Grantville city hall should be downtown, says DDA

By REBECCA LEFTWICH rebecca@newnan.com Relocating city hall to downtown Grantville will help the city revitalize its historical retail center, acting as a centerpiece to attract visitors and potential businesses. That's the position of Grantville Downtown Development Authority Chairman Scott Palmer, who presented research on three potential downtown sites to the city council at its March 12 meeting. Palmer was joined by Royce Bemis, who chairs the DDA's economic restructuring subcommittee.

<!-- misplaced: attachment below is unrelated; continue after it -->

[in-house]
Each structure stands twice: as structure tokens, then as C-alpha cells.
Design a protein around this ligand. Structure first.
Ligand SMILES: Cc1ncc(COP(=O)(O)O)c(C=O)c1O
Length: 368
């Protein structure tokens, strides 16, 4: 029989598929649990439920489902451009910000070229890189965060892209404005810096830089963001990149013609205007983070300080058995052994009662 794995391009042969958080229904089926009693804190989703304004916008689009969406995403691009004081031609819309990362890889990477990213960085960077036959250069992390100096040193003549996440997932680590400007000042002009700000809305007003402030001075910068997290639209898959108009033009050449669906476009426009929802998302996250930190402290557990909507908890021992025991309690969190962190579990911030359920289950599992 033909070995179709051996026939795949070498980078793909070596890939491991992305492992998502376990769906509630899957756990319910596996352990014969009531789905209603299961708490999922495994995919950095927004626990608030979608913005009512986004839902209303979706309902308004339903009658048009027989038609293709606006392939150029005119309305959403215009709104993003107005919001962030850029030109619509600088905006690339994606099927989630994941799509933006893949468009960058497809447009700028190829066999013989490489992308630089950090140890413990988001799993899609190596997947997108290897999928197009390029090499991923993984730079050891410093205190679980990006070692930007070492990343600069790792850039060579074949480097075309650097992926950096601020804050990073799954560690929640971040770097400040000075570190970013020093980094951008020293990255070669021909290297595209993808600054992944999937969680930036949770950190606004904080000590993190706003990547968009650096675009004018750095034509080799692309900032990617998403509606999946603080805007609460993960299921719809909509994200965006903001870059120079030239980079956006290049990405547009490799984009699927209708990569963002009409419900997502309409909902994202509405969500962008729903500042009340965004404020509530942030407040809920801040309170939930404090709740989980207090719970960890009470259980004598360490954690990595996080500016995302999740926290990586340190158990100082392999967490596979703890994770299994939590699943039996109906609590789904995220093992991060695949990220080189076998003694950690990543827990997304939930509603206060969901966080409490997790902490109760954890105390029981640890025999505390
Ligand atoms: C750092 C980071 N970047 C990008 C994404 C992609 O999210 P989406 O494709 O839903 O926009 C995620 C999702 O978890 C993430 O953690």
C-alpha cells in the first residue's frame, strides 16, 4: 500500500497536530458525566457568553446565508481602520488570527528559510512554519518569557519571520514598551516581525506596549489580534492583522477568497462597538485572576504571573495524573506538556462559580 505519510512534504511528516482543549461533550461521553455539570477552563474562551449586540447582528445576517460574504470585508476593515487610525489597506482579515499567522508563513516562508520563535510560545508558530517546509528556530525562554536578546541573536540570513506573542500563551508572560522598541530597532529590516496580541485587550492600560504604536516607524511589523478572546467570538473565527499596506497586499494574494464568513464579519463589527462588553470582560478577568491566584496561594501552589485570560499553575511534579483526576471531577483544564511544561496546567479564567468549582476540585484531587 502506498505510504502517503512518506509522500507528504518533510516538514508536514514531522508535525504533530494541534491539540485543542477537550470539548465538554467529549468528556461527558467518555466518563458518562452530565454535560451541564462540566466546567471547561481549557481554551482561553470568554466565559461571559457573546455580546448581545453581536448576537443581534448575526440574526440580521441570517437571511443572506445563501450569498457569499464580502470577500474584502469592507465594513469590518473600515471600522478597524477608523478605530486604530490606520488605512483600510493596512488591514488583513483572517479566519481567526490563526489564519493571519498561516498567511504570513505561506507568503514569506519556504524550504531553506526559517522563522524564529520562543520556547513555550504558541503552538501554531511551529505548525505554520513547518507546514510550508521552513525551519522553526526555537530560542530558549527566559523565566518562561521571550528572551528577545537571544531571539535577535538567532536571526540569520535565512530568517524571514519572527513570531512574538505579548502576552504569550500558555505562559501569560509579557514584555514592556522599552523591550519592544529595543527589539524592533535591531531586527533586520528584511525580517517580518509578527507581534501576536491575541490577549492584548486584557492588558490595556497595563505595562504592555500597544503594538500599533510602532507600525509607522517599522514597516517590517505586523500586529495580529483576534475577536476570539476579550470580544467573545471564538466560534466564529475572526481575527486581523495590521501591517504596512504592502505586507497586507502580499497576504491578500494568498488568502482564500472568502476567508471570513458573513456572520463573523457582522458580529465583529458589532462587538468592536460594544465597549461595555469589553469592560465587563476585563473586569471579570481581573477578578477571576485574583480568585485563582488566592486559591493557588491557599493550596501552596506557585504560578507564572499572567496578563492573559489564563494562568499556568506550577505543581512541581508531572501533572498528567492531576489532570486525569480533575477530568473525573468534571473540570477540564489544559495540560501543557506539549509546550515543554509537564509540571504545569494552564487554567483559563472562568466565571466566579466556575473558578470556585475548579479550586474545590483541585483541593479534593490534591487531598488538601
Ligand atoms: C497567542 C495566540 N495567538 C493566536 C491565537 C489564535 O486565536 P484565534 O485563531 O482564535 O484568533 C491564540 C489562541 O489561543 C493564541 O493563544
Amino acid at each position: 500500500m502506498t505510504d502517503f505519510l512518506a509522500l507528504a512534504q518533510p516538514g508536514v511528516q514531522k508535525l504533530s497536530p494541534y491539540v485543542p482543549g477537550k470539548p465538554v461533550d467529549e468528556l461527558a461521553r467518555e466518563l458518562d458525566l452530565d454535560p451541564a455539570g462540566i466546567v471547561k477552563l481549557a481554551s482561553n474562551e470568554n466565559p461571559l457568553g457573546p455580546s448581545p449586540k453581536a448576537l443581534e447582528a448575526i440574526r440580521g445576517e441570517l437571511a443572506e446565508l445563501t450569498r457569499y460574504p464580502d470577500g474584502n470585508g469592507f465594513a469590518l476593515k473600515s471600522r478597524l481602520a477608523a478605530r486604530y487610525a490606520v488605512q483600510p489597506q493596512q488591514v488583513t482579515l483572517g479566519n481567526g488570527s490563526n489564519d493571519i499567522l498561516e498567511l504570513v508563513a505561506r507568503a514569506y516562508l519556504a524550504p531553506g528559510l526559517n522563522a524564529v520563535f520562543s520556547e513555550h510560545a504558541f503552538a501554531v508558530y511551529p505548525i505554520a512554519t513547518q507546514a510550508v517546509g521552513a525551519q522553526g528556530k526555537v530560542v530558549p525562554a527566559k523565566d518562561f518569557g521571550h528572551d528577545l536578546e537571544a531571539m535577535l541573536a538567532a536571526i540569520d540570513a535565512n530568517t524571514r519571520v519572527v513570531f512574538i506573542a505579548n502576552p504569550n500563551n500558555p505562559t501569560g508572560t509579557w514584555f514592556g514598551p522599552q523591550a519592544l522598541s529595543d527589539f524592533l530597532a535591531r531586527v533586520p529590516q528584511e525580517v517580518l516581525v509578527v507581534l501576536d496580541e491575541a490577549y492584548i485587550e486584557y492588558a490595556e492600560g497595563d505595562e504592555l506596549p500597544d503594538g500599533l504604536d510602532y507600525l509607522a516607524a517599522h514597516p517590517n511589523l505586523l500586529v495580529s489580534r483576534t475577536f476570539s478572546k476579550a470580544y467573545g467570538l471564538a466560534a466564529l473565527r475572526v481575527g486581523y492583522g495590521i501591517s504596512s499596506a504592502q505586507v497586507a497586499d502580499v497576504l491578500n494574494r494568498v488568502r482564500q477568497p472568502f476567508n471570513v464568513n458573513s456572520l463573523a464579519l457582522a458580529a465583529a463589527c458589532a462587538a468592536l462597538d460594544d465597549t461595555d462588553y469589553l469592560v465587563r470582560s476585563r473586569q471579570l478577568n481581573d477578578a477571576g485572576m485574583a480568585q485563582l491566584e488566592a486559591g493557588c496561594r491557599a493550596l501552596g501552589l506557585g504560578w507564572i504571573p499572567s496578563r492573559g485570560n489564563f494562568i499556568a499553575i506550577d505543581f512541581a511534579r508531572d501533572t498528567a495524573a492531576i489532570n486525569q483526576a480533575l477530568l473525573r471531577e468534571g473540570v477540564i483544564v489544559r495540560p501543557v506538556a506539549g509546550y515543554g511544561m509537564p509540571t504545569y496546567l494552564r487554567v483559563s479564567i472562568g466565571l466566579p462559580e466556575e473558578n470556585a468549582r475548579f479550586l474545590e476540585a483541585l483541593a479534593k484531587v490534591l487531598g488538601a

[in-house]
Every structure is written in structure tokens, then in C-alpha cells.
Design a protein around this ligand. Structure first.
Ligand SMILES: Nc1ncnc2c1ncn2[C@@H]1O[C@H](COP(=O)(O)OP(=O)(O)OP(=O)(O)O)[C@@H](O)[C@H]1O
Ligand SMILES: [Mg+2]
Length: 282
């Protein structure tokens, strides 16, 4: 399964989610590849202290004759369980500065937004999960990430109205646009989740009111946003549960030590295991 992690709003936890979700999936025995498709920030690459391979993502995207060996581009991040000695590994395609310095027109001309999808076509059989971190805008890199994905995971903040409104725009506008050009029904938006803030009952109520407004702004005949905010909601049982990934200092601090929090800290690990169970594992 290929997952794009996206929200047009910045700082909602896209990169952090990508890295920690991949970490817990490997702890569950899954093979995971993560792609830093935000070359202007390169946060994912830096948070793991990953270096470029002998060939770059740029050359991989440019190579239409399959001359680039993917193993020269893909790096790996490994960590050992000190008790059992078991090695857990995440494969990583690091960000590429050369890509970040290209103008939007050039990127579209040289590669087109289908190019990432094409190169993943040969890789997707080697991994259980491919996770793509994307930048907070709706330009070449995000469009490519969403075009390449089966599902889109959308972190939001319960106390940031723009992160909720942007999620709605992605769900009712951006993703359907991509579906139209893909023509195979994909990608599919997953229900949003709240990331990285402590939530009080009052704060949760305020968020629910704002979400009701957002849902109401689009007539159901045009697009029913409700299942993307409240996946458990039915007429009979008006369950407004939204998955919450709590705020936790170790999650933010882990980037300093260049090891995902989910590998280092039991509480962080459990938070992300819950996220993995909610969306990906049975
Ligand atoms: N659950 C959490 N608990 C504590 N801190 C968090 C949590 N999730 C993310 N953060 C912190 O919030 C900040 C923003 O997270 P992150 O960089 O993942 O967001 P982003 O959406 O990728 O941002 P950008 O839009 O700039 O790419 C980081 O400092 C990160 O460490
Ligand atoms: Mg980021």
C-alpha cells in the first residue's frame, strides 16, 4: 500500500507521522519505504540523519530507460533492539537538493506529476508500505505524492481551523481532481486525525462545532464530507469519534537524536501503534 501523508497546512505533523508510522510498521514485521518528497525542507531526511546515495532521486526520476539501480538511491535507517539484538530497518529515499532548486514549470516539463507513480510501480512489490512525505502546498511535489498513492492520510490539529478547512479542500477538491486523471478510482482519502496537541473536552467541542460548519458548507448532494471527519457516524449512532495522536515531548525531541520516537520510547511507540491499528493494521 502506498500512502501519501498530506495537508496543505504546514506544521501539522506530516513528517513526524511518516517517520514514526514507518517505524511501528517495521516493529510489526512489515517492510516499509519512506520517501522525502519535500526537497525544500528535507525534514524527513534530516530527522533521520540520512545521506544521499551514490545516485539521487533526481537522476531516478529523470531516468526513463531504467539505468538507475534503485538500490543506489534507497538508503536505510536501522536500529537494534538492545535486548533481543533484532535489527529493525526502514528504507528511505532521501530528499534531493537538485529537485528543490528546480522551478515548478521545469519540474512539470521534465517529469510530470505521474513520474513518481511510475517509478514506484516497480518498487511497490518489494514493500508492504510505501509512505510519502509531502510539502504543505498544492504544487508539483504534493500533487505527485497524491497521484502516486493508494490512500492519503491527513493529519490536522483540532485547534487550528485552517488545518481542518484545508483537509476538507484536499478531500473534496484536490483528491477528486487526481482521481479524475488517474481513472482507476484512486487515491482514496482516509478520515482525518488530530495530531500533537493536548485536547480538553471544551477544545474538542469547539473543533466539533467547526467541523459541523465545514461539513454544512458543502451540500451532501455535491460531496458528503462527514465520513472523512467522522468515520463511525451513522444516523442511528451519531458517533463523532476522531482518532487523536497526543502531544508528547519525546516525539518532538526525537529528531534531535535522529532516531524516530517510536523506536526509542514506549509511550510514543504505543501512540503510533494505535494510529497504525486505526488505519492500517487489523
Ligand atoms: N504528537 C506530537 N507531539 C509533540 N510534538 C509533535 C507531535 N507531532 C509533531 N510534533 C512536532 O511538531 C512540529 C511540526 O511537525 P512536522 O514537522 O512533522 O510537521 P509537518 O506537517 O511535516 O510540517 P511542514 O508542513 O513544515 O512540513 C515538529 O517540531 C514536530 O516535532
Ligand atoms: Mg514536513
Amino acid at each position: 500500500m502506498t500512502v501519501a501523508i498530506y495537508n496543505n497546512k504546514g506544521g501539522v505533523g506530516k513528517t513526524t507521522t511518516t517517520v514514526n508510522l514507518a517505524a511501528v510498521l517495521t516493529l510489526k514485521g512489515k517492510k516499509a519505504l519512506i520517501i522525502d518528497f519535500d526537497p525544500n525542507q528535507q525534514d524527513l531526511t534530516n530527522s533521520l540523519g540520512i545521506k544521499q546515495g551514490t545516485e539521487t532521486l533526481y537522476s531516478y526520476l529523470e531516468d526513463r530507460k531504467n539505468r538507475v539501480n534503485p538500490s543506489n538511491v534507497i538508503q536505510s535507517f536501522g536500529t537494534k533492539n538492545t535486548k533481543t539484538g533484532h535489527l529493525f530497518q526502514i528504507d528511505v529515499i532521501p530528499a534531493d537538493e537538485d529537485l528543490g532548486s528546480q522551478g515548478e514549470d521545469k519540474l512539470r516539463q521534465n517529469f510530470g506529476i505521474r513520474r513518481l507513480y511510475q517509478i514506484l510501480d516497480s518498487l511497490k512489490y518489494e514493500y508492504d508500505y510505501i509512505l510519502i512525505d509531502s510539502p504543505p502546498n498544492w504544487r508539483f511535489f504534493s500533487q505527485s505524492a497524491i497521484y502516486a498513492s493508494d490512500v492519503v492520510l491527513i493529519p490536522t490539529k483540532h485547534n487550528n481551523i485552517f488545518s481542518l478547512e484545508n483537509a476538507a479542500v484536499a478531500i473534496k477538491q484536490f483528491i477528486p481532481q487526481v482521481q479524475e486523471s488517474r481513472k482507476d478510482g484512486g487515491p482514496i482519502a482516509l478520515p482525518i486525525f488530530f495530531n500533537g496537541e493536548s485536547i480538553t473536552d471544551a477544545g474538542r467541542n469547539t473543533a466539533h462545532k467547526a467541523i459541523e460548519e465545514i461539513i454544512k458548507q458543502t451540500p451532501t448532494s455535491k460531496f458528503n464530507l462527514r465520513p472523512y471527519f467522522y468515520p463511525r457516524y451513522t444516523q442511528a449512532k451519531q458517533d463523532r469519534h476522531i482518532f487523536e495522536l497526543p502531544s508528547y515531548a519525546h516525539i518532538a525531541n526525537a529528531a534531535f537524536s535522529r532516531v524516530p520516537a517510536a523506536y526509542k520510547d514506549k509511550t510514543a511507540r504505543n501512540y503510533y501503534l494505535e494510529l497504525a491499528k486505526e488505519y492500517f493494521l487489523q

"City hall literally defines a community," Bemis said. "If we can get city hall back into downtown, we can start developing downtown." Ideally, a downtown city hall complex would include offices for the mayor, city council members, the city manager and other officials as well as meeting rooms and council chambers. A separate justice center to house the Grantville Police Department and municipal court also is being explored by the DDA. Grantville City Hall currently is located in the Glanton Municipal Building, a former school. "It was a great school house but does not really function as appropriately as a new building that is designed for the specific purpose (of a city hall)," Palmer said. Palmer's presentation included three potential locations, including Post Street, LaGrange Street and Cedar Street, as well as a possible floor plan the DDA could use for estimating cost. Each location would require removal of buildings, but Palmer pointed to the relocation of Newnan's municipal buildings as a precedent. "Buildings which were no longer fully functioning and attractive were taken down to facilitate the new structures," he said. While council members were justifiably concerned with cost and funding of a project of that magnitude, Palmer wanted to put their minds at rest. "It is a common misconception that a new city hall would cost the taxpayers anything at all," Palmer said. "It is illegal for the DDA to encumber the city with a loan." Bemis said it's also important not to look too far out. "People don't seem to realize we're just now in the exploratory phase," he said. "We can't make any plan until we get something on paper and define what we're going to do. The key is to keep the city council and citizens informed." Bemis, Mayor Jim Sells and City Manager Johnny Williams were among a Grantville contingency that recently met with Matt Brass, a field representative for Congressman Lynn Westmoreland. Brass is helping the city find funding for its projects and pursue designations such as enterprise zone, transportation hub and trade zone. "Basically what we're doing is trying to do something to stimulate Grantville's economy," Bemis said. The council's appointment of Mark McKee to the DDA completed the seven-member body, which will attend training in April. McKee, a Grantville business owner, will be a valuable addition to the DDA, Palmer said. "He's actually the most positive person I've met in a long, long time," Palmer said. "He's very optimistic about us getting things going." The Grantville DDA will hold its next regular monthly meeting Tuesday at 6 p.m. at the Glanton Municipal Building, located at 123 LaGrange Street in Grantville.


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